May the Prince of Peace dry our tears 8


By Tom Quiner

God teased us.

St. Augustine of Hippo

St. Augustine of Hippo

When Moses asked who are You, He responded:

“I am what I am.” (Exodus 3:14)

That tells us a lot, doesn’t it?

Fourteen centuries later, Jesus asked His disciples,

“Who do they say I am?”

And they replied in Matthew  16:14 – 20:

14 “Some say John the Baptist; others say Elijah; and still others, Jeremiah or one of the prophets.”

15 “But what about you?” he asked. “Who do you say I am?”

16 Simon Peter answered, “You are the Messiah, the Son of the living God.”

17 Jesus replied, “Blessed are you, Simon son of Jonah, for this was not revealed to you by flesh and blood, but by my Father in heaven. 18 And I tell you that you are Peter, and on this rock I will build my church, and the gates of Hades will not overcome it. 19 I will give you the keys of the kingdom of heaven; whatever you bind on earth will be bound in heaven, and whatever you loose on earth will be loosed in heaven.” 20 Then he ordered his disciples not to tell anyone that he was the Messiah.

St. John distills the essence of God’s response to Moses into a single sentence:

“God is love.

He says this love is real and tangible:

“And so we know and rely on the love God has for us.  God is love.  Whoever lives in love lives in God, and God in them.” (1 John 4:16)

If God is Love, and if God made us, that suggests that our lives are significant, that they have purpose.

This Advent, more than most, I await God’s coming with the expectancy of a child. I join the chorus, “the whole world is waiting for Love.”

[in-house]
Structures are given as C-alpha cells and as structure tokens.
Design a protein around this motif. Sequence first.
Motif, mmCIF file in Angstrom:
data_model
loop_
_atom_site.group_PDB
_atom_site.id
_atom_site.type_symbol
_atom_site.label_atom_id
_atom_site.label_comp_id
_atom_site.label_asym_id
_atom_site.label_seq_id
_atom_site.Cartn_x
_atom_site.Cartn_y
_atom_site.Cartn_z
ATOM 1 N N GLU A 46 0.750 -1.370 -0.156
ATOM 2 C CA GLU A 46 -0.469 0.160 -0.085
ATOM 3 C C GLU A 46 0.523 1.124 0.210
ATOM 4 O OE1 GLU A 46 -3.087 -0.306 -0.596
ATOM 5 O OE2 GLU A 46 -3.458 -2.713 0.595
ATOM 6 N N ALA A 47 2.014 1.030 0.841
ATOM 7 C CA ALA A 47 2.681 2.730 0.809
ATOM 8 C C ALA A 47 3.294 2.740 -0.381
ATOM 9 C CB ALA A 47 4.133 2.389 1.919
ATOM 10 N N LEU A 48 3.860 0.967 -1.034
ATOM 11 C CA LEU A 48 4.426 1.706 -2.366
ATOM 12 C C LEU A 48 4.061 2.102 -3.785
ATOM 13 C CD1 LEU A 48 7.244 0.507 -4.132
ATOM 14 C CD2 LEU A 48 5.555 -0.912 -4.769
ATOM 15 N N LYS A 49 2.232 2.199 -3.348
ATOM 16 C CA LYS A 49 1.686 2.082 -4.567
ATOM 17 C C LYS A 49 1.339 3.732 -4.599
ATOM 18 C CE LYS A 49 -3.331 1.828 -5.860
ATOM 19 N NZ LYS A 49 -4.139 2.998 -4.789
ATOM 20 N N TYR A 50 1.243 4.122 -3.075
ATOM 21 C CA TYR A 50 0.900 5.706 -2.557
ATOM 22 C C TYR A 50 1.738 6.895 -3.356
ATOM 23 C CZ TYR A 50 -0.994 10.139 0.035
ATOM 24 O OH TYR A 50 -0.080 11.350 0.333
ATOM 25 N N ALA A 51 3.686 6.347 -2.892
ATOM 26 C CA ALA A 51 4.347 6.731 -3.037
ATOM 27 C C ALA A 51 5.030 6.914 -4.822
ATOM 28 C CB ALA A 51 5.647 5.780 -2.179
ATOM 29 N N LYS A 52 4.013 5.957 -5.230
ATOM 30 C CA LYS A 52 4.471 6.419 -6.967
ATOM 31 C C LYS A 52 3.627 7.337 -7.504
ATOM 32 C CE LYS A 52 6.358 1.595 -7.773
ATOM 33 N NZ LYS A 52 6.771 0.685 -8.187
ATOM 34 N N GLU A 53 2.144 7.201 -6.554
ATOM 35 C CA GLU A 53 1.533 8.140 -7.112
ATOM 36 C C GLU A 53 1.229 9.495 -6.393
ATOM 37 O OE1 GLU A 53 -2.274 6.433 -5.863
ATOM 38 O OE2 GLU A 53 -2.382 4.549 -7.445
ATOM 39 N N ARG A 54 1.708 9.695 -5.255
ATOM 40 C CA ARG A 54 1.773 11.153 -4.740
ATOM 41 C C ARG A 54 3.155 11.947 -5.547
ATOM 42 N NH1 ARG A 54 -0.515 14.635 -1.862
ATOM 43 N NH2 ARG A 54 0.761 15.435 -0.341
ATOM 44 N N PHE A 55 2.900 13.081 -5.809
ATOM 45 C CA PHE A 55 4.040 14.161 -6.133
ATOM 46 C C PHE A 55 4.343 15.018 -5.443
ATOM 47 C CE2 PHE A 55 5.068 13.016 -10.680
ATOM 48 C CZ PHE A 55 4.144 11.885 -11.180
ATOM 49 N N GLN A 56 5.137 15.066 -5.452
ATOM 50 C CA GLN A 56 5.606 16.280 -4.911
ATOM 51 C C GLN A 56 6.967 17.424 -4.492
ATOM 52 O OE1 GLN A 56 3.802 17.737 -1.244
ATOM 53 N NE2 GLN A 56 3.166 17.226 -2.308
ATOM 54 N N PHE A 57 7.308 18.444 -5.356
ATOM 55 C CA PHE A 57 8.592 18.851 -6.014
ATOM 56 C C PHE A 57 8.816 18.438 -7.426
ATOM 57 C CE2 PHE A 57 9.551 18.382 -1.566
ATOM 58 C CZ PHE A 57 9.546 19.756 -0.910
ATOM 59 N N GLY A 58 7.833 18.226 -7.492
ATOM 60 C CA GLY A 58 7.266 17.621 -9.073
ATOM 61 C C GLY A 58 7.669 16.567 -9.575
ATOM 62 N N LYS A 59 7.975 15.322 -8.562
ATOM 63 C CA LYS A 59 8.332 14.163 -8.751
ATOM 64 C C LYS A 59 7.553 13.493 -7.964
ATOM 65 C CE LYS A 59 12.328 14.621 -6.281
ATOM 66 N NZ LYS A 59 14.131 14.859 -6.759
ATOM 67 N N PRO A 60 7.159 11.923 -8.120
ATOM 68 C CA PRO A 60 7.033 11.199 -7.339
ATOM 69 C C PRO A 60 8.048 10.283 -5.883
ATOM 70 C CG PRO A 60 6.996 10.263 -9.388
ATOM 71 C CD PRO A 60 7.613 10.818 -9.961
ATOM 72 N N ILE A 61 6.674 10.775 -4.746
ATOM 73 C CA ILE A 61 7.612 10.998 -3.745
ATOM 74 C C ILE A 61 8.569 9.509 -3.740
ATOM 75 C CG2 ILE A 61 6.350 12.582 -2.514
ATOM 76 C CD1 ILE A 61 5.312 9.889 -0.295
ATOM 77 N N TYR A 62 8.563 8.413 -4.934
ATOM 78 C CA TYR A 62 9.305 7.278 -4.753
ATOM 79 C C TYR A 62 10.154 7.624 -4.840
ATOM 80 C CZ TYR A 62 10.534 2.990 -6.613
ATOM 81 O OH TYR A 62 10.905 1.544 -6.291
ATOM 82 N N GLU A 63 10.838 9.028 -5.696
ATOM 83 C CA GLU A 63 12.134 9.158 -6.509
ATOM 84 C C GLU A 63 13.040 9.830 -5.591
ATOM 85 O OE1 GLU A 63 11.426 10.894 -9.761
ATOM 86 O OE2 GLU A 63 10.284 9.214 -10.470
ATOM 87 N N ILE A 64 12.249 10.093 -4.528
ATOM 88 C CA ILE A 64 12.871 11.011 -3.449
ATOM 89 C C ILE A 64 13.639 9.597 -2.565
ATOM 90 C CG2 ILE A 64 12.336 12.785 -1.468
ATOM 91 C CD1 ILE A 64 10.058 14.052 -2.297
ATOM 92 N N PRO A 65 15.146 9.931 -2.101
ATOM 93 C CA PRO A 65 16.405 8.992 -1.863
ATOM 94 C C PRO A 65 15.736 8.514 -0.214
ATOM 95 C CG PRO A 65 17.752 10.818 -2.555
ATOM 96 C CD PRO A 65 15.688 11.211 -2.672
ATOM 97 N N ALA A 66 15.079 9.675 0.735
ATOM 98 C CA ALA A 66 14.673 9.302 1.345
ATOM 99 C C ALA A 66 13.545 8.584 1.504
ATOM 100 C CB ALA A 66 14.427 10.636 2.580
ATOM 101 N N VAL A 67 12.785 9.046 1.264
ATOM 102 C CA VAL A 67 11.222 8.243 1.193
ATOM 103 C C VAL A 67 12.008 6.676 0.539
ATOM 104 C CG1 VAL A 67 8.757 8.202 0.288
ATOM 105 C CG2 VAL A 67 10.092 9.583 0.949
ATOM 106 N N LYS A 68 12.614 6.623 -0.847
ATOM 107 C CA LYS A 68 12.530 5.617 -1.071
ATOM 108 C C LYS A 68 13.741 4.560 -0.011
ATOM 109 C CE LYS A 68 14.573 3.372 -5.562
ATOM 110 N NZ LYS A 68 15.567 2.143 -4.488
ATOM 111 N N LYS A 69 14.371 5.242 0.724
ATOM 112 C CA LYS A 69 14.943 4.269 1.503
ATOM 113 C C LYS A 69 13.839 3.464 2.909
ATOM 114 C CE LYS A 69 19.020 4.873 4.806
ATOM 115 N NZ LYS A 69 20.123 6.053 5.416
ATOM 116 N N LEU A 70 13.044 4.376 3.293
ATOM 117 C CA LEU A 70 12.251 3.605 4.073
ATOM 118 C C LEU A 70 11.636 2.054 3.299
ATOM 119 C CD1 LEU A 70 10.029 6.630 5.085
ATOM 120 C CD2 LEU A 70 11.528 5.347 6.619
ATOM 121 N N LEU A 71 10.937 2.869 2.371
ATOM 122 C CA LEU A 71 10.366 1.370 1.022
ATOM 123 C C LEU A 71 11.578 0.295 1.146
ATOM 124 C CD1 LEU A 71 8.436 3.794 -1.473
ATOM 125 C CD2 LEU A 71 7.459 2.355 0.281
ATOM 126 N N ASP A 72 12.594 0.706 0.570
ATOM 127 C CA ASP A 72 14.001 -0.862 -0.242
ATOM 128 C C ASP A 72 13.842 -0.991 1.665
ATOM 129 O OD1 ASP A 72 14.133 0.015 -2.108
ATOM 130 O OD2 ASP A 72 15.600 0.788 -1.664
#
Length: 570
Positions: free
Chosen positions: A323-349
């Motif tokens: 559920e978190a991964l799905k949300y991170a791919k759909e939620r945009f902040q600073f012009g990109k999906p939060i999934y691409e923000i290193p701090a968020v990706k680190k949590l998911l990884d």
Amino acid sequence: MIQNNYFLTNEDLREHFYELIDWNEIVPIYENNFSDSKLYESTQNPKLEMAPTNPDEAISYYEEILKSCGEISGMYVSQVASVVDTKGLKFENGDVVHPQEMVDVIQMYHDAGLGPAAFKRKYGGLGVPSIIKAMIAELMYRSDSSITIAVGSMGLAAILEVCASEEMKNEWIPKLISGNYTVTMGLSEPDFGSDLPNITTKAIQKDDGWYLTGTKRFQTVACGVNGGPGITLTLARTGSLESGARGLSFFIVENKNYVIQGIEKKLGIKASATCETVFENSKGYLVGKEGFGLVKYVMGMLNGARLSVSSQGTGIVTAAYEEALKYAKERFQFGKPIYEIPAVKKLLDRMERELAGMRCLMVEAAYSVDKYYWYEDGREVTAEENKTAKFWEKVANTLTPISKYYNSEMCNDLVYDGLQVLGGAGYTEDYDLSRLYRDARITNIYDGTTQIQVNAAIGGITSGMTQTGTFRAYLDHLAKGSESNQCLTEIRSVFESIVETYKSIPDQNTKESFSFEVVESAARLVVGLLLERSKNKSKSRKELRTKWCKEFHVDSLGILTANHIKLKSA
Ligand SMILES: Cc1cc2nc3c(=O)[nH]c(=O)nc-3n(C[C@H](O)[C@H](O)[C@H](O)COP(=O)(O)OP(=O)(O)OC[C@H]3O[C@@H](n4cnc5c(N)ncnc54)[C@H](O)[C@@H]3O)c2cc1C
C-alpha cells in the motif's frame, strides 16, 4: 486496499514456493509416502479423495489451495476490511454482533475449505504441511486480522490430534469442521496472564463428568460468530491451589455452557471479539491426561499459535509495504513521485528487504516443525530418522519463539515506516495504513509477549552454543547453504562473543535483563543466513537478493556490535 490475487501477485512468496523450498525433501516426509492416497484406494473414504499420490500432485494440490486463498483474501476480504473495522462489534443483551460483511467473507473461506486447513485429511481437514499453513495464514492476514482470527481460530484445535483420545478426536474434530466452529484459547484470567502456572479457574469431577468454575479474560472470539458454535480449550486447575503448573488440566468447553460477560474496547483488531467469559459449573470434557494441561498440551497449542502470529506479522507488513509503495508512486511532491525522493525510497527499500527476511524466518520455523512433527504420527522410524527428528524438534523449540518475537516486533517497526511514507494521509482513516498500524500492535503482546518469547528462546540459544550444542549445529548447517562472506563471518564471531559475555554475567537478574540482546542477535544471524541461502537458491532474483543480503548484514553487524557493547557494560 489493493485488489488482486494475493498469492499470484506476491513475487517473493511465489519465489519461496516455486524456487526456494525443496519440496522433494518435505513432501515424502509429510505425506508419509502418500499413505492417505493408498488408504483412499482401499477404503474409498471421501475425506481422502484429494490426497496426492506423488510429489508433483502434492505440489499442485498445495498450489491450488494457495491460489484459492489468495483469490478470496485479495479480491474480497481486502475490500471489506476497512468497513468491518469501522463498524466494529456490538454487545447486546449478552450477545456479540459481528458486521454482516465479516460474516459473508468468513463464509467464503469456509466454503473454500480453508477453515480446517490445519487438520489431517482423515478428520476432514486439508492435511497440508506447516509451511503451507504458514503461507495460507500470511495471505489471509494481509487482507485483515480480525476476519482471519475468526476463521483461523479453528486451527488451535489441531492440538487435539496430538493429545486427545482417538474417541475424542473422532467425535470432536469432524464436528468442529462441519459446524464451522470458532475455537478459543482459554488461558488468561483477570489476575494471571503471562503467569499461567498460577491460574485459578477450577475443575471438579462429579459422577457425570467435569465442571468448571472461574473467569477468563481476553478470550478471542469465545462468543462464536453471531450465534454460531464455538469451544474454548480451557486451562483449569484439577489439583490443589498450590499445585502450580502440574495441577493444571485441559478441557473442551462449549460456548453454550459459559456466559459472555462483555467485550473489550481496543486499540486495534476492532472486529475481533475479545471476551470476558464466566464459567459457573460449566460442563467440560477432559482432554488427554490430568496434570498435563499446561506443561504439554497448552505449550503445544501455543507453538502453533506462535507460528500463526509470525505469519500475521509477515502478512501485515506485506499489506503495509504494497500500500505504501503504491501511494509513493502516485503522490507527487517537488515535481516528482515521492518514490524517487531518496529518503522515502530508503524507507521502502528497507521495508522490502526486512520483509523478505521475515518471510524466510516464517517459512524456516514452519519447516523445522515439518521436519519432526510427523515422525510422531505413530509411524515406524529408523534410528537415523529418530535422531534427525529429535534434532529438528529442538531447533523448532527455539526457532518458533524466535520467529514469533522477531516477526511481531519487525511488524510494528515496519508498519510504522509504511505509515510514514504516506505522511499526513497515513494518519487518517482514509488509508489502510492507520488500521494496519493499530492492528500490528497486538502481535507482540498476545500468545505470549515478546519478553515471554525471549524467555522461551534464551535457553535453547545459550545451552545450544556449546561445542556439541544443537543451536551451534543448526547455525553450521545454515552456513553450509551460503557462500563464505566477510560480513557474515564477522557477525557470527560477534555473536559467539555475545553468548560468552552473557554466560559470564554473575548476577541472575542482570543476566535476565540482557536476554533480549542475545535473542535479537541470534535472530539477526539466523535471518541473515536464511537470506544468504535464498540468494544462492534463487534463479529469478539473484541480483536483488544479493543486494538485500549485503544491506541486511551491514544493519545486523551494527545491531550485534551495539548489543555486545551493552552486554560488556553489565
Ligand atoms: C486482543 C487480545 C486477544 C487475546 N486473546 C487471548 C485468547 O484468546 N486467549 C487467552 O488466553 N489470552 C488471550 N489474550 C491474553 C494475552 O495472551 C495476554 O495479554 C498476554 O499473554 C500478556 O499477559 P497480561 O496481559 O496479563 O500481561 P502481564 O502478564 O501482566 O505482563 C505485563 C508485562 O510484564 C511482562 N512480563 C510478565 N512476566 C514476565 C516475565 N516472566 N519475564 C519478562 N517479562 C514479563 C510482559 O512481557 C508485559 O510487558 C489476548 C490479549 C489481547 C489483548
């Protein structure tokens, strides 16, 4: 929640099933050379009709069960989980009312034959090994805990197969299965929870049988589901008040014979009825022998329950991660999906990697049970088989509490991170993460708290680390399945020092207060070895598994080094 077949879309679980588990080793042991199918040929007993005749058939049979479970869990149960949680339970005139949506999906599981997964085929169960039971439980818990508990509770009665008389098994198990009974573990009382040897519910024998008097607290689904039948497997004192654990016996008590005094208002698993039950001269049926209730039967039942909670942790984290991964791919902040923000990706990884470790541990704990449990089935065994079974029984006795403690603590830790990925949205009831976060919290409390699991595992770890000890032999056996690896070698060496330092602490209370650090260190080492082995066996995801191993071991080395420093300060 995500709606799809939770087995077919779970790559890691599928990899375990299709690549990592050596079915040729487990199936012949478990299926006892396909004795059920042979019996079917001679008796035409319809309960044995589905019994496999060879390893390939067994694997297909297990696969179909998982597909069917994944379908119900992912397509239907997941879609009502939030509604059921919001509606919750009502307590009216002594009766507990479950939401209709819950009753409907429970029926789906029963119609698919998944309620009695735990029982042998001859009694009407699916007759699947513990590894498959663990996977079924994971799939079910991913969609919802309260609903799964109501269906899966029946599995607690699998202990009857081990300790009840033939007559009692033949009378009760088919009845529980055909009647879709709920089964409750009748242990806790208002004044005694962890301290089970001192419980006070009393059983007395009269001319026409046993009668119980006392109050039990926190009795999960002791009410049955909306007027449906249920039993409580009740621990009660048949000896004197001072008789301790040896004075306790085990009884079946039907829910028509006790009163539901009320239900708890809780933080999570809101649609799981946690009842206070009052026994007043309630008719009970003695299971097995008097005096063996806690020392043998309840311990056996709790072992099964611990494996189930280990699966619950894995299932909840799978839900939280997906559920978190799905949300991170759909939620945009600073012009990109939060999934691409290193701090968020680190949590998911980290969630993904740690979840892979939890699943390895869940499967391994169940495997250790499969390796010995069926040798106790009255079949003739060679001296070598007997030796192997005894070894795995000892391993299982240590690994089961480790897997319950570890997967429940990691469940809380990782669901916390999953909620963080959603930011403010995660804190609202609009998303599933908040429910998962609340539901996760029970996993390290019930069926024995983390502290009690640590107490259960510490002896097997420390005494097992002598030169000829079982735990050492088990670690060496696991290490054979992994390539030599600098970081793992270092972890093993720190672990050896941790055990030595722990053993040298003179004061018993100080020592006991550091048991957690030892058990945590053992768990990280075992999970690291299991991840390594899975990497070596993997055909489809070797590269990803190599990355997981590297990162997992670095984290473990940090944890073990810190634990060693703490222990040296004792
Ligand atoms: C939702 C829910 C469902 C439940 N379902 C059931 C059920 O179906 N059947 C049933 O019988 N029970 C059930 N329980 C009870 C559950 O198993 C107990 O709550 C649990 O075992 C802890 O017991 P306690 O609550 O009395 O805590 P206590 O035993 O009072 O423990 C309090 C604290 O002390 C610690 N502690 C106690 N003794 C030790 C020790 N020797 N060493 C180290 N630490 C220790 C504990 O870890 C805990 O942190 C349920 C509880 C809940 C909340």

I join the chorus in light of the prevalence of evil in this world.  Recent mass murder in San Bernardino, Colorado Springs, and Roseburg, Oregon have left us shaken, on top of so many, many more in recent years.

The faithful are once again challenged by the world’s skeptics to explain how could there possibly be a god in light of non-stop carnage, year-after-year, decade-after-decade.

Twenty centuries since Jesus walked the face of the earth, men still kill men.  And yet last week, a husband and wife murdered 14 people who had befriended the couple, even throwing the wife a baby shower.

If God is real, if God is Love, how can He allow so many innocent people to be butchered like this?

That doesn’t seem very loving, does it?

St. Augustine formulated the dilemma this way:

If God is all-good, he would will all good and no evil.

And if God were all-powerful, he would accomplish everything he wills.

But evil exists as well as good.

Therefore, either God is not all-powerful, or not all-good, or both.

The key words here are that “evil exists.”  But what is “evil?”

St. Augustine explains that evil is the absence of good.  In other words, evil isn’t a created thing.

Christian apologist,  Gregory Koukl, explained the Augustine philosophy regarding evil this way:

First: 1) All things that God created are good; 2) evil is not good; 3) therefore, evil was not created by God.

Second: 1) God created every thing;  2) God did not create evil;  3) therefore, evil is not a thing.

Augustine built on the premise:

“Evil has no positive nature; but the loss of good has received the name ‘evil.’  All which is corrupted is deprived of good.”

Mr. Koukl clarifies:

The diminution of the property of goodness is what’s called evil. Good has substantial being; evil does not. It is like a moral hole, a nothingness that results when goodness is removed. Just as a shadow is no more than a “hole” in light, evil is a hole in goodness.